Our move to organic farming, beginning in 2008, has brought our vineyard management techniques in line with our traditional winemaking practices, which employ only the non-invasive treatments used in fine winemaking prior to prohibition. We call this winemaking approach “pre-industrial.” Dating back to the earliest days of Ridge, we have always believed that a wine is far more interesting and meaningful when it reflects a single place and a natural process. If a natural winemaking path is followed throughout fermentation, aging and bottling, we believe that wine will display greater quality, character and sense of place than one subjected to various human interventions. When natural yeasts and natural malolactic bacteria are allowed to work their wonders on, respectively, the primary and secondary fermentations, the finished wine is likely to possess more character, complexity and depth; greater aging potential; and a better sense of place.
Of course, none of this is possible without distinctive fruit from exceptional vineyards. At Ridge, we believe that farming organically is the path to take in order to grow the superior grapes needed to make world-class wine. This philosophy requires that we maintain certain principles in the vineyard: biodiversity, ecological balance, sustainability, natural pest management and soil integrity.
Beyond the requirements of organic certification, we strive to limit “inputs” into the vineyard. For example, we seed the vineyard with non-vine plants that attract and supply food for beneficial predatory insects, thus tipping the scales of the natural predator-prey relationship against insects that could potentially damage the vines. This mitigates the need to apply an insecticide that might cause harm to non-targeted species, such as bees. It also removes the possibility that any insecticide residue could be present during harvest.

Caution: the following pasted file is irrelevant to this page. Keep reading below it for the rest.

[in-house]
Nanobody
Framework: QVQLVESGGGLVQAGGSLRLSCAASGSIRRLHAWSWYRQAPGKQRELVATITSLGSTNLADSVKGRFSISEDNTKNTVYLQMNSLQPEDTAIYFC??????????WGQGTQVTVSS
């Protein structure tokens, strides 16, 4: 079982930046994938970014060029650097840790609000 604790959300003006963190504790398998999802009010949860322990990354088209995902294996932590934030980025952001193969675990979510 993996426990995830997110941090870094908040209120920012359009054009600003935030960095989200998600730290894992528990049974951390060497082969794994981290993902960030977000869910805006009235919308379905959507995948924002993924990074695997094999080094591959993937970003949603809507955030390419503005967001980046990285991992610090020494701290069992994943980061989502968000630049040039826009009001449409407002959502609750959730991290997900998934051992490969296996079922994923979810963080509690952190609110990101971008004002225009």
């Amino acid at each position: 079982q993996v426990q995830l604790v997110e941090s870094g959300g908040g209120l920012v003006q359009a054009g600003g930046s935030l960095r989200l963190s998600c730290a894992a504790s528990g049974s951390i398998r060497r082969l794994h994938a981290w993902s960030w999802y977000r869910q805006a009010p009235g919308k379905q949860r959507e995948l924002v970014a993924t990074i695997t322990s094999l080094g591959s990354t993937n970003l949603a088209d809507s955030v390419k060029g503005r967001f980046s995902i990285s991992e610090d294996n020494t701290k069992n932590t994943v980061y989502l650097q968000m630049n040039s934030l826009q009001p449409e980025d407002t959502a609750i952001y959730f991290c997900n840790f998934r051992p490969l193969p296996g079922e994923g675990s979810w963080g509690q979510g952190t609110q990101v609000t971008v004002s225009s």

While it is important to focus on the vines and other aspects of farming above the ground, maintaining soil health is just as critical to an effective farming operation, organic or otherwise. In order to preserve soil structure, Ridge only cultivates every other row between grapevines, where cultivation is possible. On steep terrain or terraces, cultivation is not an option as erosion caused by winter rains would wash away topsoil. At both our winery facilities, we collect the stems and pomace left over from wine production to make organically certified compost. The compost is applied as needed to certain sections of the vineyard when our standard winter cover crop (triticale and two species of legumes, all organically sourced), does not fully satisfy the nutritional needs of the vines.
It’s rare for a winery to make more than a dozen barrels of wine using such a natural approach, taking sustainably and organically grown grapes and turning them into wine using just “pre-industrial” winemaking methods. Ultimately, the ends justify the means, because wines made in this fashion better express their provenance and thus are far more gratifying to make and drink than using industrial methods to concoct a simple beverage made from grapes.